Often when investors are in the midst of a down-market they think, it must be different this time and that stocks will never recover, or if they do then it will take years to get back to where their portfolio use to be. But as Sir John Templeton tells us, the “four most dangerous words” in investing are “It’s different this time.” The truth is it’s almost never different this time in any basic way. Yes, details differ, but the fundamentals driving stocks and the economy don’t. And human behavior is pretty predictable in the way we react to bear market fright. So over long periods, stocks should keep rising overall, with intermittent downside volatility, big and small.

Remember: The future includes unknown earnings from yet-to-be-invented products and services born of human ingenuity, innovation, and desires. If you’re putting together an investment strategy with long-term capital, I suggest you bet on the side of it not being much, if any, different this time—despite it always feeling different.

Fooled by Averages

One reason investors fear bear markets are too difficult to recover from is they’re fooled by averages. Long term, stocks have averaged about 10 percent per year.[iii] So if you need a 33 percent, 45 percent, or 140 percent portfolio appreciation to get back to even–that seems like it would take a really, really long time. Except the stock market’s long-term average includes bear markets. Just as stocks can be down a lot—like during a bear—they can be up a lot too.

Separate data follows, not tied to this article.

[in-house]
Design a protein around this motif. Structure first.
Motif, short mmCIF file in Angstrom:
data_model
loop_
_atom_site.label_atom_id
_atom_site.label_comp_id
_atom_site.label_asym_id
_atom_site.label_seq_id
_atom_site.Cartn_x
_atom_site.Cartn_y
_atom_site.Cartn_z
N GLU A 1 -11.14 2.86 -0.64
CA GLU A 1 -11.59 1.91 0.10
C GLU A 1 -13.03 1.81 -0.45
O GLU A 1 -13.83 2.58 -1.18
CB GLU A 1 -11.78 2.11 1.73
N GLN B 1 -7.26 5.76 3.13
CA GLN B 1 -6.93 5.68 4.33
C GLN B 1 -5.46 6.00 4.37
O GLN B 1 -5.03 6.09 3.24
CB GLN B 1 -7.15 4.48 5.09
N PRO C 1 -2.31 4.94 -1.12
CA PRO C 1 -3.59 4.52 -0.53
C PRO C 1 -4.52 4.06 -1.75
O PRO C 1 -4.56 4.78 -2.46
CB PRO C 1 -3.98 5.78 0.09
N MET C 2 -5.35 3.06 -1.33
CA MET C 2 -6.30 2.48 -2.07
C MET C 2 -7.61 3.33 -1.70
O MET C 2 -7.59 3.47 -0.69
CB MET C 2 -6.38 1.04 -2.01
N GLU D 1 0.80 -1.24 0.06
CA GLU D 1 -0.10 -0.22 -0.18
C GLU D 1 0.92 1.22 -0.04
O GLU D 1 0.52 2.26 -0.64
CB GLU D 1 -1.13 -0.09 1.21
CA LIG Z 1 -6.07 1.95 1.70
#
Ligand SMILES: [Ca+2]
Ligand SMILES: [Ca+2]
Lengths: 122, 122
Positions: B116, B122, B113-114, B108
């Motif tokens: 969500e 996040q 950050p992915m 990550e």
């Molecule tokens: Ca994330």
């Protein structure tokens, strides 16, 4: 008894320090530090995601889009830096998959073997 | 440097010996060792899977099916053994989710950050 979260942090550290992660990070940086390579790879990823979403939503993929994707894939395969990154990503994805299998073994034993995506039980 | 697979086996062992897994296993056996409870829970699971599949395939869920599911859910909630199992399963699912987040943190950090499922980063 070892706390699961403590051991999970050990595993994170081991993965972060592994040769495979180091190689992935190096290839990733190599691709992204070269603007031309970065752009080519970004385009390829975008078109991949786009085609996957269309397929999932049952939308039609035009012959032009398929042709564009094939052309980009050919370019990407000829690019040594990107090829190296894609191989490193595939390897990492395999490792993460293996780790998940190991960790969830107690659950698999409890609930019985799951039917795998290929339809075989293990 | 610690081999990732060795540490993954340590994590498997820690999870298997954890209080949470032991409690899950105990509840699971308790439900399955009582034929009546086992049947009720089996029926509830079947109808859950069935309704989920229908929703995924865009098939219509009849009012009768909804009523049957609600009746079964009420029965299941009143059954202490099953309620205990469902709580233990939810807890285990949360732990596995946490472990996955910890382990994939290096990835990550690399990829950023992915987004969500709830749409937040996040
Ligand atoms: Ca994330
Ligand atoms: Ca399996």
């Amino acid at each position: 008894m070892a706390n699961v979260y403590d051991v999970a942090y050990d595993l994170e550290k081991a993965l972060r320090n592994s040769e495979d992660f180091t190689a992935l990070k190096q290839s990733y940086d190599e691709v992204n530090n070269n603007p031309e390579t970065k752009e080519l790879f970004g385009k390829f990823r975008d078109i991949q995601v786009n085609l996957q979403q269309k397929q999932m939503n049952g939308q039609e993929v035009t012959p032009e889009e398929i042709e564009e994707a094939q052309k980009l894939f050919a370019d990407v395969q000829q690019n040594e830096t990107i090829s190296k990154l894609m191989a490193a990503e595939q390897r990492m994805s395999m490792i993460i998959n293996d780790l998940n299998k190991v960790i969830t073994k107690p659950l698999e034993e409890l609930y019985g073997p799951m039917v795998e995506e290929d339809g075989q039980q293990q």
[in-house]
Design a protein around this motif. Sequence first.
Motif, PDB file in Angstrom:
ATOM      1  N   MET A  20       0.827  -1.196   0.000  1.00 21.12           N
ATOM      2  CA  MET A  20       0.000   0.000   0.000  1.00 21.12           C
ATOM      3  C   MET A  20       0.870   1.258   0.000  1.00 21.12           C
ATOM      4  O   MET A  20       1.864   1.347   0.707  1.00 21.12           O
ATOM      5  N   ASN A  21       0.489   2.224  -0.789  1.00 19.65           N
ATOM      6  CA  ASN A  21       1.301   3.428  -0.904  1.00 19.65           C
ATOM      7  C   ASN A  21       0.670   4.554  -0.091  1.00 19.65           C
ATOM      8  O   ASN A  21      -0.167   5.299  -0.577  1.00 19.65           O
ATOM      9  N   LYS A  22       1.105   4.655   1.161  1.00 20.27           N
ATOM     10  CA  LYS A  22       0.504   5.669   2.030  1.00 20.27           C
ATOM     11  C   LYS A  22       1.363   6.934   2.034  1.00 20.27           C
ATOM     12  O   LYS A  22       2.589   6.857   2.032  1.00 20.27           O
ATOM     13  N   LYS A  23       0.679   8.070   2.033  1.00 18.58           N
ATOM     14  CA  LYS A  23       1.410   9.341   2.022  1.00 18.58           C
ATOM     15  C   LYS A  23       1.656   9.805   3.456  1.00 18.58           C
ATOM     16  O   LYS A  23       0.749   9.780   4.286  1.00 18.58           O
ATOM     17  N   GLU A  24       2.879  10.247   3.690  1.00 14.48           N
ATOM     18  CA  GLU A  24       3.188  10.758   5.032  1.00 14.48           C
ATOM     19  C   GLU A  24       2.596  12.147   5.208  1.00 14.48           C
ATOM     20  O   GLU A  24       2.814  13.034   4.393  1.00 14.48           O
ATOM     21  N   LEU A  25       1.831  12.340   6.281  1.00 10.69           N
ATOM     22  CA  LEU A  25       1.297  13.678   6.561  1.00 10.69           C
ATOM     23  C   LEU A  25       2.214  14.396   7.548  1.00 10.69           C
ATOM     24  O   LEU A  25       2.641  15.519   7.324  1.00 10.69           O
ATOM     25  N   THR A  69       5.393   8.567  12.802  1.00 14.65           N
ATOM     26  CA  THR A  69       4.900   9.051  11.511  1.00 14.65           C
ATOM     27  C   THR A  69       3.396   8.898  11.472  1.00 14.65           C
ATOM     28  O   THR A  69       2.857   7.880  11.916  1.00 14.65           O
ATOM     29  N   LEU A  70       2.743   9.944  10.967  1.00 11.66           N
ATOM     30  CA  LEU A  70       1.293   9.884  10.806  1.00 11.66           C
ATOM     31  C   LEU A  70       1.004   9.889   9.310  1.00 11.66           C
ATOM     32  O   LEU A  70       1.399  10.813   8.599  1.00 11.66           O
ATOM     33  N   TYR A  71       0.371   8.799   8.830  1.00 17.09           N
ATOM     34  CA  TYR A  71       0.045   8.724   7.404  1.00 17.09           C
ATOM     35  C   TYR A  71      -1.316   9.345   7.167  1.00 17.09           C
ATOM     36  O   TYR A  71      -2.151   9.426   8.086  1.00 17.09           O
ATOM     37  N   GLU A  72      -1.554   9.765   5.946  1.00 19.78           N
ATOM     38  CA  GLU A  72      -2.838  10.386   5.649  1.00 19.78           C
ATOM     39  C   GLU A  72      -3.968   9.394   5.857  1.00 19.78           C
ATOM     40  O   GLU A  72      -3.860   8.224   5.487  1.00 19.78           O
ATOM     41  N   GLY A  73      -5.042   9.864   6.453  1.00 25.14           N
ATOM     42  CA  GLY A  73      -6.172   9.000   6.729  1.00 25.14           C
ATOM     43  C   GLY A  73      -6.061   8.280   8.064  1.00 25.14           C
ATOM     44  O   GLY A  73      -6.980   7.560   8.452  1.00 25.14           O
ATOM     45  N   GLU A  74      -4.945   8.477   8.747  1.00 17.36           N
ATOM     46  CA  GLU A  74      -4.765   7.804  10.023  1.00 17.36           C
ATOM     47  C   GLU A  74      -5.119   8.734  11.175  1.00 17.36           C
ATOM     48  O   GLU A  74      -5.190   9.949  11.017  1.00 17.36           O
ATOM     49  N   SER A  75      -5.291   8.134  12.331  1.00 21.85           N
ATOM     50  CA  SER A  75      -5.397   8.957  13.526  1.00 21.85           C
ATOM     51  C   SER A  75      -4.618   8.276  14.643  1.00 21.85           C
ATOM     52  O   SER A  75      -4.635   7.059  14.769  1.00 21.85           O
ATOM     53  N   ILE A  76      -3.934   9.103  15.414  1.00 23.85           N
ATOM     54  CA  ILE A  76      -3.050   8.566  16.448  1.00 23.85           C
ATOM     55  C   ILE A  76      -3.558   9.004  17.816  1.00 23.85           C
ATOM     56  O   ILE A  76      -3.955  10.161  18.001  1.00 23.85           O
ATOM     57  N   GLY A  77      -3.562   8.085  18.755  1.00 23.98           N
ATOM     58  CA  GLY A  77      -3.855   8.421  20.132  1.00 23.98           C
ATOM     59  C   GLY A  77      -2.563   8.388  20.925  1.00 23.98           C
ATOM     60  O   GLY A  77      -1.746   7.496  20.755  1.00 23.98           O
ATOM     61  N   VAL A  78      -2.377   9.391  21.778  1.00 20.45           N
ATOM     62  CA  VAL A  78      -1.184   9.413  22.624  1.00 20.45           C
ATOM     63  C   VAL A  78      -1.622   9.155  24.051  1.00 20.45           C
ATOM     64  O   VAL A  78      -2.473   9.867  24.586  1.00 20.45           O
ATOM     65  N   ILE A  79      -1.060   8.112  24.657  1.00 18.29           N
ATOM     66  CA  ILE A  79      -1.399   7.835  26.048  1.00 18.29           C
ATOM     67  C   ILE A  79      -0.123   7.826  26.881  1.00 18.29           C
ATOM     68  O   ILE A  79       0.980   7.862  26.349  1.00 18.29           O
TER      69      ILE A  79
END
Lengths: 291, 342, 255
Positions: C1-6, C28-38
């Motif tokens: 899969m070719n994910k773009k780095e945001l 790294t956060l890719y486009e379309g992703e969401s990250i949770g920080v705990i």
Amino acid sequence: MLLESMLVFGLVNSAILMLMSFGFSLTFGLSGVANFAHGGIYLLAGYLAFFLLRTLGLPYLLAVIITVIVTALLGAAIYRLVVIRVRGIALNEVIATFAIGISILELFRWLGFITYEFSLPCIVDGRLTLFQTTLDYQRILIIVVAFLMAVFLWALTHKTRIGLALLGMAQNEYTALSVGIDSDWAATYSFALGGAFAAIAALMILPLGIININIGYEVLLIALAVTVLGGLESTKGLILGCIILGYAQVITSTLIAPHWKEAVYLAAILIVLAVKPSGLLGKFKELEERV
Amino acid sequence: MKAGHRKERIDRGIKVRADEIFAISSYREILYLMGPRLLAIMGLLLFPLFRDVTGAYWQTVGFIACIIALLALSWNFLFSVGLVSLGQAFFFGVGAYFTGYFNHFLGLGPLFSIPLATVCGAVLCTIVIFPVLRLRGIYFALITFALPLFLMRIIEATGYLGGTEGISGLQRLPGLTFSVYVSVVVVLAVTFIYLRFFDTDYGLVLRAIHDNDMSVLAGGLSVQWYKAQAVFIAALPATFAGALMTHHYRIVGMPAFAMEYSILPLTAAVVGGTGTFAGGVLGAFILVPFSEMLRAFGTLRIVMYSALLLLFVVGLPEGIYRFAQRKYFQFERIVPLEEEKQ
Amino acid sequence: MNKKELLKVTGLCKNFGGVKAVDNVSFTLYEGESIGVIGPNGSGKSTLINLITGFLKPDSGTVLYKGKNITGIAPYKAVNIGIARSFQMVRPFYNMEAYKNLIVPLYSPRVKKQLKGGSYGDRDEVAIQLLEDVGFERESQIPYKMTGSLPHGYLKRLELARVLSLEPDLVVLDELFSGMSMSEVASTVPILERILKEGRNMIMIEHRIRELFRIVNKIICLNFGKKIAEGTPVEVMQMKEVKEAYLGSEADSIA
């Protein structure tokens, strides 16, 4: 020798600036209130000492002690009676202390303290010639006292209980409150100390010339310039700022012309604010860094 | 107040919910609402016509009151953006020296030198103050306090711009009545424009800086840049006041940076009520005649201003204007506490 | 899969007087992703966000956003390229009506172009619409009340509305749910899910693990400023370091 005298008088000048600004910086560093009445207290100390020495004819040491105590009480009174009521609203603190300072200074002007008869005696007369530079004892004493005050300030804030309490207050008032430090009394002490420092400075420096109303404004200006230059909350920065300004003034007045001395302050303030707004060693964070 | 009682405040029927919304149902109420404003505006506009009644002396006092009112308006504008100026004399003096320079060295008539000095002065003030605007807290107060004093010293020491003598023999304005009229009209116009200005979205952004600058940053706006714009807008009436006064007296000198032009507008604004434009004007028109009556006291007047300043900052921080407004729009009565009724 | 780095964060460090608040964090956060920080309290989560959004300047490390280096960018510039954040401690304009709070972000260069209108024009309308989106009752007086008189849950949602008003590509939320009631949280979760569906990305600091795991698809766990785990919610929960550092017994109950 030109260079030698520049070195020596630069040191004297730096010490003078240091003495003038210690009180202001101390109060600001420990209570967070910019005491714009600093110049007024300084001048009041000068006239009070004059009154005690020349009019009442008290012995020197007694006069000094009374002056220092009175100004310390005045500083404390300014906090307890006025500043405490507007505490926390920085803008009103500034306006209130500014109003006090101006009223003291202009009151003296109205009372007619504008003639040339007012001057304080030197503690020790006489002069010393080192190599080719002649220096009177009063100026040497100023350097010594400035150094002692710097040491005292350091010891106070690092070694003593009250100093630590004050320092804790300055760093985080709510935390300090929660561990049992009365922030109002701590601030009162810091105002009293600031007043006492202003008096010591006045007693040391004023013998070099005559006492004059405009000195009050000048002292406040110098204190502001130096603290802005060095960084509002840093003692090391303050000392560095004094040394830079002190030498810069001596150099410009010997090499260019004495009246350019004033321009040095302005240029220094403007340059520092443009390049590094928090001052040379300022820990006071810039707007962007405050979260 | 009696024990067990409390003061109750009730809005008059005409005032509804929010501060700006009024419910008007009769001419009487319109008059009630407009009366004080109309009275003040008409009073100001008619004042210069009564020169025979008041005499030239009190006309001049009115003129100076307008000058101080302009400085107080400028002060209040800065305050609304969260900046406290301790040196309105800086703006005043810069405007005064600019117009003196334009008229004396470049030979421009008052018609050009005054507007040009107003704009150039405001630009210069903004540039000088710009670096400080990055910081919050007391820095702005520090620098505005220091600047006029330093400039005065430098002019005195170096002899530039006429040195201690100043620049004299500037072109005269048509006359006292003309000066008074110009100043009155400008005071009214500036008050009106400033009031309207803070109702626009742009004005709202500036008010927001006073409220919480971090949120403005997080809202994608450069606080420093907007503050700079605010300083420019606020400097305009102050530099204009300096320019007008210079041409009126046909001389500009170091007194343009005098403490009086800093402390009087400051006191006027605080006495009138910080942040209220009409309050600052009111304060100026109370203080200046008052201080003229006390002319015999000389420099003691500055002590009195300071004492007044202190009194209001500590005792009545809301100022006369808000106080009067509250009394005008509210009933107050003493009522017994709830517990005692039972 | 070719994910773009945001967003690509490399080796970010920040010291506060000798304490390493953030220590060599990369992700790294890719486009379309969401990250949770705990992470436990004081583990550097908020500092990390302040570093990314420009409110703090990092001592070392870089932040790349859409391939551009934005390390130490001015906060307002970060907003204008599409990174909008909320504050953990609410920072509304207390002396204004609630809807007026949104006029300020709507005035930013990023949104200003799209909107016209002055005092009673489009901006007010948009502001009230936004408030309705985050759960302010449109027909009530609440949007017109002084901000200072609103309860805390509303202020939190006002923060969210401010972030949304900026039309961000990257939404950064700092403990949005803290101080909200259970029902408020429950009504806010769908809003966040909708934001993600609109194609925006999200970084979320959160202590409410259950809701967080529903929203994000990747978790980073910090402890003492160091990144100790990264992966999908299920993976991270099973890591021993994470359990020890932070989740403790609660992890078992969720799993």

Bull market investment returns are inherently above average, they have to be to make up for the bear markets. Table 1 below shows returns for bull markets since 1926, excluding the current bull market. On average, bull market returns annualize 21 percent. And though duration varies wildly, they can last much longer than many may think, meaning the losses occurred during a bear can be made up for in a shorter time than many investors assume.

Fig1-DangerousMarketMyths

Investors may think, “Well, I went through that big bear market and am down big. Now I need to change my strategy to hold mostly cash and bonds because investing in stocks is too risky.” But looking backward at the economy tells you nothing about what happens next. Investors should look forward, always, and consider their longer-term investment goals and time horizon, free from TGH’s bear market fears. Don’t be fooled by averages. Bear markets can be big, but bull markets have historically been longer and stronger and we believe they likely will be as prevalent in our future as in our past.



[i] Thomson Reuters, MSCI World Index total return with net dividends from10/31/2007 to 03/09/2009.

[ii] Global Financial Data, as of 2/5/2018; S&P 500 Index Price Level from 5/29/1946 – 12/30/2013.

 

Investing in securities involves a risk of loss. Past performance is never a guarantee of future returns. Investing in foreign stock markets involves additional risks, such as the risk of currency fluctuations.